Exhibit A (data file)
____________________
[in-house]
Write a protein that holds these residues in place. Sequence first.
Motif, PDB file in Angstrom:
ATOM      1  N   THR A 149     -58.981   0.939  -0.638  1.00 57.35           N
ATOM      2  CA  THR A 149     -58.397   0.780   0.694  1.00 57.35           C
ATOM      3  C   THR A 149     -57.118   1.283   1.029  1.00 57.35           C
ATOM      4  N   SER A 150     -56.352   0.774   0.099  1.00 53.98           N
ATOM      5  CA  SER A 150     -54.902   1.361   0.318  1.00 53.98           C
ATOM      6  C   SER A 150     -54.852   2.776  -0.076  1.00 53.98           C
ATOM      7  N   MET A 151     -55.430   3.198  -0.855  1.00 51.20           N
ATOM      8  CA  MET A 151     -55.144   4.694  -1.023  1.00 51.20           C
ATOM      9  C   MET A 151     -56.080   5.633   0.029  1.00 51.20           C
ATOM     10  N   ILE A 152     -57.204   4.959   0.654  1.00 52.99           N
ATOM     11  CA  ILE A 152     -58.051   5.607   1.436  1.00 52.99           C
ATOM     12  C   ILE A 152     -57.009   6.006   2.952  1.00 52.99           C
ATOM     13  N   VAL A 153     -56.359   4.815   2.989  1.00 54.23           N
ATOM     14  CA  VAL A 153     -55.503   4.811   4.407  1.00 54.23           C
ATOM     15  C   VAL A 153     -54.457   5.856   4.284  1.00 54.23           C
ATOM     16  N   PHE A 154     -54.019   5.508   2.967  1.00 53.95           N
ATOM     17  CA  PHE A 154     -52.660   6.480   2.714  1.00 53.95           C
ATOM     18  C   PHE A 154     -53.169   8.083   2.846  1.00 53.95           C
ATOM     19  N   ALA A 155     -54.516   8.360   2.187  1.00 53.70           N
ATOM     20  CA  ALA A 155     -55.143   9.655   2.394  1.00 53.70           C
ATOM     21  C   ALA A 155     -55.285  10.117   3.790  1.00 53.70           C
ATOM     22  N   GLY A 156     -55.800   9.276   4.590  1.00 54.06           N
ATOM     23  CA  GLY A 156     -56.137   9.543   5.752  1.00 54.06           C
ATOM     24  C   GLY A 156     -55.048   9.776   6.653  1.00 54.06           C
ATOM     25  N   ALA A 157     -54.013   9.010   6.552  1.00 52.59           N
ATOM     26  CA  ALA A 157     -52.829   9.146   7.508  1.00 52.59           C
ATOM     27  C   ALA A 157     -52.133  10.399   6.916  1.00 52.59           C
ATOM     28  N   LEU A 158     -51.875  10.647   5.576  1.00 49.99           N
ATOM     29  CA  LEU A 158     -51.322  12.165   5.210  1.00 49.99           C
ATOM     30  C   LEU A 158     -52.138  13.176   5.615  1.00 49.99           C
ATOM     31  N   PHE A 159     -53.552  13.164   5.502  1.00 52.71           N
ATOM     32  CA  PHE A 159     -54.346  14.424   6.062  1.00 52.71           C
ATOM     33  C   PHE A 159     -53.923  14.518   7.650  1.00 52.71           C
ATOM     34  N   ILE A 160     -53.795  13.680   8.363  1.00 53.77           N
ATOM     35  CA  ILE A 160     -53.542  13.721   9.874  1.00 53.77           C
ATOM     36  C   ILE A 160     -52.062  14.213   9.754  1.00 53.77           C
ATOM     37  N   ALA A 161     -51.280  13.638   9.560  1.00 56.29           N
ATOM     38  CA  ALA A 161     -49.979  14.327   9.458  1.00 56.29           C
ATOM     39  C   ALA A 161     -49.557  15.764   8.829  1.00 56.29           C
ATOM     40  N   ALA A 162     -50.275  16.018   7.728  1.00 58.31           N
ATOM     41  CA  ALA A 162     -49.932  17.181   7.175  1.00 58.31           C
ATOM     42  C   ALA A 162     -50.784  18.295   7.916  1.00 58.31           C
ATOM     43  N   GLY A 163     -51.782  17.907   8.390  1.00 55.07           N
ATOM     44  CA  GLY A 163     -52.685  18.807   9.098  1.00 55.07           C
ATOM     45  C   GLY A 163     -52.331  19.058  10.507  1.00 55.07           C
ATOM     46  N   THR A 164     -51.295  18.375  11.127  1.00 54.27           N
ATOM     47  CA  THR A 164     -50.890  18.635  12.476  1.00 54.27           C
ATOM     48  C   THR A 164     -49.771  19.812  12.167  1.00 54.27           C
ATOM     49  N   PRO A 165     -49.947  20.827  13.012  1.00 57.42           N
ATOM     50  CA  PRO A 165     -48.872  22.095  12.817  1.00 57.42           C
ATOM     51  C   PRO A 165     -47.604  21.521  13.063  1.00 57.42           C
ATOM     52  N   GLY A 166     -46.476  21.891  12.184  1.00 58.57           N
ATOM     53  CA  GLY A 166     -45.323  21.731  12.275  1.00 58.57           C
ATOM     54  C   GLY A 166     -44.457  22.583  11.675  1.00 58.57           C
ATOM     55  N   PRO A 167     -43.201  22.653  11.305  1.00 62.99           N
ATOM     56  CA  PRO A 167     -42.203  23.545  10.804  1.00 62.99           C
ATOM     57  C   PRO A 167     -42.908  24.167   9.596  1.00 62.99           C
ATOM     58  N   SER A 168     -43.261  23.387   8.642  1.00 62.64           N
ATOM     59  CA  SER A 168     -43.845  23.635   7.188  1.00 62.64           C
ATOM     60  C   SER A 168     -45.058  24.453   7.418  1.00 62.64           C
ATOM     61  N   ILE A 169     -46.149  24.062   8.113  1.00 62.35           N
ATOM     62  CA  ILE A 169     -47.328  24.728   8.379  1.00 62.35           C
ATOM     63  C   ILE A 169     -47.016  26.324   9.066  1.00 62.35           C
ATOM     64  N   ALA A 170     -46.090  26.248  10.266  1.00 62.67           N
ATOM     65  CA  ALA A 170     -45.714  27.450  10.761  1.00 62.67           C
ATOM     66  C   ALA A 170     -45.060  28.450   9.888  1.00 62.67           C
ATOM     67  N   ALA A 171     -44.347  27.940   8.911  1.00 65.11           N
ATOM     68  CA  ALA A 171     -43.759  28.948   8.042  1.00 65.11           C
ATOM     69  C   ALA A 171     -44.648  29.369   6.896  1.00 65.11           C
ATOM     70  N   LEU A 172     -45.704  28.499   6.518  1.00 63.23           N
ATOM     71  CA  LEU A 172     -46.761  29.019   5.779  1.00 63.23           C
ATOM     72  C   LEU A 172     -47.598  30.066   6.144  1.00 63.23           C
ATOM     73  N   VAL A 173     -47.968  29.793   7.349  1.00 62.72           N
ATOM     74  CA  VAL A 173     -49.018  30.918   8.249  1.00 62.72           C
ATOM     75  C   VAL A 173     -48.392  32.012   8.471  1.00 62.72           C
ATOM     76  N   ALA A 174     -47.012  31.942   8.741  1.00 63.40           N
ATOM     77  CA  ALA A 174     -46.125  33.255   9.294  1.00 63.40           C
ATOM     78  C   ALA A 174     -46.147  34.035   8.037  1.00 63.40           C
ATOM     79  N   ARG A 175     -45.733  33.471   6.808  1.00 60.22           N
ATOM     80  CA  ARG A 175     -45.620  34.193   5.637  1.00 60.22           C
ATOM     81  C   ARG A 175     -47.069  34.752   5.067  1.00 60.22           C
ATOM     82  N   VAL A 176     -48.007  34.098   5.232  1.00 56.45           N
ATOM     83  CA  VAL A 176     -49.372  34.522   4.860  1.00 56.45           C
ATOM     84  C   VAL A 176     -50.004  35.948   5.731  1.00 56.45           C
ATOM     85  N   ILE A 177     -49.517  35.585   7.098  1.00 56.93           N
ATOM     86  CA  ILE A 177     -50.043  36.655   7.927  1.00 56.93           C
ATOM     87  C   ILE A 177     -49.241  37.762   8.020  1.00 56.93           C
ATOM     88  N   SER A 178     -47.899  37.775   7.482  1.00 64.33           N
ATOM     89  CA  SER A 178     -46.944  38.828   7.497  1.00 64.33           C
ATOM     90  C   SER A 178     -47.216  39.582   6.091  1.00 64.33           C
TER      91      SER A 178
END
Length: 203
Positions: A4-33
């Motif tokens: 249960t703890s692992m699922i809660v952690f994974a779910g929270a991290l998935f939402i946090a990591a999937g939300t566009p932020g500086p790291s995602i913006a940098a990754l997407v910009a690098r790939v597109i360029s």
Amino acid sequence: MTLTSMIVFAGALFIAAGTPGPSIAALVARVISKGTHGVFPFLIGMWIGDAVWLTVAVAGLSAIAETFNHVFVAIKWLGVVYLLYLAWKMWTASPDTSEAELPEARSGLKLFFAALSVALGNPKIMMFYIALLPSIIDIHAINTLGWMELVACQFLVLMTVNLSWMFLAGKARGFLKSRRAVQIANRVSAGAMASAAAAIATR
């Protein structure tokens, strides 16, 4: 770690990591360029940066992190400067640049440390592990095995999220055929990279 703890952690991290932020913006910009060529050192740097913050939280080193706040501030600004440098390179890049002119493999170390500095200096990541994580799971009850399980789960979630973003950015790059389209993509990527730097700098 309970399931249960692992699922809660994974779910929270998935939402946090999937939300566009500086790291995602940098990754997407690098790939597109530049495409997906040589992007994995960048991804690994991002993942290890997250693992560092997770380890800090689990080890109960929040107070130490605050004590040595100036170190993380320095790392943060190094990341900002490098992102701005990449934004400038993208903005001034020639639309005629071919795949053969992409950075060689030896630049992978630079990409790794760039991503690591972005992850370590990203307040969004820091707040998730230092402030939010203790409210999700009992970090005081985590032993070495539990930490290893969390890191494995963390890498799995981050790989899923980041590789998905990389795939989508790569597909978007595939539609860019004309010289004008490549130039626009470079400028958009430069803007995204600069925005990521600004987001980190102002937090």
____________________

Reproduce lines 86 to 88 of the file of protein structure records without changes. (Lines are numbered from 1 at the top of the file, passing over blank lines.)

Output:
ATOM     83  CA  VAL A 176     -49.372  34.522   4.860  1.00 56.45           C
ATOM     84  C   VAL A 176     -50.004  35.948   5.731  1.00 56.45           C
ATOM     85  N   ILE A 177     -49.517  35.585   7.098  1.00 56.93           N